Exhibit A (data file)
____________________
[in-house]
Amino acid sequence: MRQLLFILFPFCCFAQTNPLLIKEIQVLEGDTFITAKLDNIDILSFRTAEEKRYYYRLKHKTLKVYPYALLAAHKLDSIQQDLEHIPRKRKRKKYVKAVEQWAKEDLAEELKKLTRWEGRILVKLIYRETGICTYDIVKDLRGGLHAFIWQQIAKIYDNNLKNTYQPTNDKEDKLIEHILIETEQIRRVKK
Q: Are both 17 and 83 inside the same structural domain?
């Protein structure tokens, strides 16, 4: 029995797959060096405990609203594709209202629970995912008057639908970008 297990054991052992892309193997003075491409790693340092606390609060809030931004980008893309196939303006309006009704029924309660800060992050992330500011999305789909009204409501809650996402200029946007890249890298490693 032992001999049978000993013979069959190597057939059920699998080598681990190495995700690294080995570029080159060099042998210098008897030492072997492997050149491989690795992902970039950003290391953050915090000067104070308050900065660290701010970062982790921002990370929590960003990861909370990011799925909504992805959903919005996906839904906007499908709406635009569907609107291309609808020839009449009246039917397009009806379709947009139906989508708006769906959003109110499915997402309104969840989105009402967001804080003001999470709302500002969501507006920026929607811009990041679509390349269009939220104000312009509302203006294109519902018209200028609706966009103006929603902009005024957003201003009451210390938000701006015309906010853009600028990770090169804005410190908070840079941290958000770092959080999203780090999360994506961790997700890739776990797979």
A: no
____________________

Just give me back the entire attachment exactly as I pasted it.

[in-house]
Amino acid sequence: MRQLLFILFPFCCFAQTNPLLIKEIQVLEGDTFITAKLDNIDILSFRTAEEKRYYYRLKHKTLKVYPYALLAAHKLDSIQQDLEHIPRKRKRKKYVKAVEQWAKEDLAEELKKLTRWEGRILVKLIYRETGICTYDIVKDLRGGLHAFIWQQIAKIYDNNLKNTYQPTNDKEDKLIEHILIETEQIRRVKK
Q: Are both 17 and 83 inside the same structural domain?
């Protein structure tokens, strides 16, 4: 029995797959060096405990609203594709209202629970995912008057639908970008 297990054991052992892309193997003075491409790693340092606390609060809030931004980008893309196939303006309006009704029924309660800060992050992330500011999305789909009204409501809650996402200029946007890249890298490693 032992001999049978000993013979069959190597057939059920699998080598681990190495995700690294080995570029080159060099042998210098008897030492072997492997050149491989690795992902970039950003290391953050915090000067104070308050900065660290701010970062982790921002990370929590960003990861909370990011799925909504992805959903919005996906839904906007499908709406635009569907609107291309609808020839009449009246039917397009009806379709947009139906989508708006769906959003109110499915997402309104969840989105009402967001804080003001999470709302500002969501507006920026929607811009990041679509390349269009939220104000312009509302203006294109519902018209200028609706966009103006929603902009005024957003201003009451210390938000701006015309906010853009600028990770090169804005410190908070840079941290958000770092959080999203780090999360994506961790997700890739776990797979």
A: no